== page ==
Noah Henrick dos Santos, 20 years old
When Noah arrived at Instituto Aliança, at the age of 17, he didn’t like group work. A trans boy (his given name was Tainara), he was shy and thought that, just like in high school, his classmates would take advantage of his individual effort. He felt embarrassed that he didn’t have courses on his resume, let alone a professional experience. To make matters worse, he was experiencing a moment of inflection: he had just lost his father and needed to help his mother and brothers with the household bills. He didn’t want a course, he wanted a job. But in the Skills for the Future program he learned more than concepts about the insurance and pension market. He began to give his opinion, to expose himself, to relate to everyone around him. His mother couldn’t believe it when she saw her most talkative son at home. During the course, he received two job offers: one from Sodexo, the other from Quinto Andar. In the latter, he would earn more. But in the first, he would have the opportunity to work in the Diversity, Equity and Inclusion team at Sodexo On-site. He opted for Sodexo, which even supported him in the documentation to obtain the corporate name. “The program showed me that opportunities come at the right time, as you assume the role of leader of your own life. One of the most magical things that happened to me during the course was listening to a song by Emicida, “Levanta e Anda”, I already knew but never paid attention to the lyrics: ‘Brother, you didn’t realize / That you’re the only representative / Of your dream on the face of the Earth / If that doesn’t make you run, man / I don’t know what will ‘.”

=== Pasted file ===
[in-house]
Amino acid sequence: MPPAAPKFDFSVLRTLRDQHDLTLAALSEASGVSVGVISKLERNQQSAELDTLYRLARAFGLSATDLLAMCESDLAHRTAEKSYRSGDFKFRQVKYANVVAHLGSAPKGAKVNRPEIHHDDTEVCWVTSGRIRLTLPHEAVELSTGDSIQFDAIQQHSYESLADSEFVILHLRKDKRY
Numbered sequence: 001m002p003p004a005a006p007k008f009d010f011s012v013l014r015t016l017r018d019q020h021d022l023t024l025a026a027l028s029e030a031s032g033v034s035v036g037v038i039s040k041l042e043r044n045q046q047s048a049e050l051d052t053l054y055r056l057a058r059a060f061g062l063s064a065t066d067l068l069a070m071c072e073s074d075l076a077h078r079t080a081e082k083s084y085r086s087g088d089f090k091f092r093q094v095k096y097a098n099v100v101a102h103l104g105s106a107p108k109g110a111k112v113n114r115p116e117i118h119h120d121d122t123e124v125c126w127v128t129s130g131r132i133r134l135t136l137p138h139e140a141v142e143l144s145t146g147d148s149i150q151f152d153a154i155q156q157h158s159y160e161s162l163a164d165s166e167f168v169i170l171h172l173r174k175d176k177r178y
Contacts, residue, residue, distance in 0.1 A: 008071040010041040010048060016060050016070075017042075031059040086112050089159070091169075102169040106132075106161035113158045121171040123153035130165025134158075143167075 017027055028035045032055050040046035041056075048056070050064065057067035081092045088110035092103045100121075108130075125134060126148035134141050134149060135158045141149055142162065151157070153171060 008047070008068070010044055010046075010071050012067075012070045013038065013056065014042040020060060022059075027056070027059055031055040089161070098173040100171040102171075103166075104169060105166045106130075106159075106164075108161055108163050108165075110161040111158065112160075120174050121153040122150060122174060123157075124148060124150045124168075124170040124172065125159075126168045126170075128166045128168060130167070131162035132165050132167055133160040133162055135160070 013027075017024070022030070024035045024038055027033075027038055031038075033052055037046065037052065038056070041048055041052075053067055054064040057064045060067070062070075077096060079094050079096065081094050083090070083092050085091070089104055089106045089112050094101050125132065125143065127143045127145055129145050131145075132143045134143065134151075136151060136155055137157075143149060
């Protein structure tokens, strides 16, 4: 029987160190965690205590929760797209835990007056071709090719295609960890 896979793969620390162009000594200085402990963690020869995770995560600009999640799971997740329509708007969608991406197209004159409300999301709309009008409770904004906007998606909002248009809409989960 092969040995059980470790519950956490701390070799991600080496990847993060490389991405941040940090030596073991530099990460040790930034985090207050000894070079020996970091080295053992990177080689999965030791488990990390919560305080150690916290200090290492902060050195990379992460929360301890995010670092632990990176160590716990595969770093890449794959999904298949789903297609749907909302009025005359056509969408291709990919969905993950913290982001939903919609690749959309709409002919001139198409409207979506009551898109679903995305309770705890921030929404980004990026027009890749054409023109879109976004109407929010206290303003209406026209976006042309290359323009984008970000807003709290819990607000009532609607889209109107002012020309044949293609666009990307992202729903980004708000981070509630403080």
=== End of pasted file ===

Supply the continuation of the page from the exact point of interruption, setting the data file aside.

Igor Tenreiro Santos, 22 years old
Igor had a fixed idea at the beginning of this year: to find a good job to help with the household bills. He and his twin brother are the youngest of a family of four, raised only by their mother, who has always worked as a saleswoman. His father left the family when he was little and never paid child support. Igor and his brothers attended public schools, but he always dreamed of college. He entered Instituto Proa in search of a programming course. But in the Self-knowledge module, a “key turned”: young people were asked about their life project. “This was very important to me, because when I got there, I only thought about surviving. My generation is very impulsive, we want to do a lot now, as soon as possible. And this question made me stop and rethink everything. It was a question that changed my life”, says Igor, who had already worked as an attendant in other companies, but never saw growth prospects. In August, two months after graduating from Proa, he was hired as a marketing assistant by Via (owner of Casas Bahia and Ponto Frio), a partner in the program. He can finally start the faculty of systems analysis and development. Now, he is thinking about doing postgraduate studies and – who knows – a master’s degree.
Anderson de Oliveira Silva, 21 years old
Anderson was finishing up music school earlier this year, but he felt lost. He always liked instruments, took courses in the area, participated in orchestras. And he thought he would be a good violin teacher when he graduated. But he participated in some interviews and was not called. At the same time, he got sick of the instrument. “I didn’t know what else to do, I didn’t have training in another area. I was afraid of not being able to support myself”, says he, who joined Proa in the first half of this year. His vision of life expanded. “Before, I thought I could only do one thing with my life. But Proa showed me that it was possible to work in another area, without abandoning music. We can think of the profession not as something fixed, but that changes over time, you can rethink your life project. This is very liberating, it’s fantastic”, says he, who won a place as a young apprentice at Credit Suisse. “I used to have low self-esteem. Today I know that it’s ok to make mistakes, with help we can improve. Now I have the courage to face challenges, both in my professional and personal life. I’m willing to take risks.”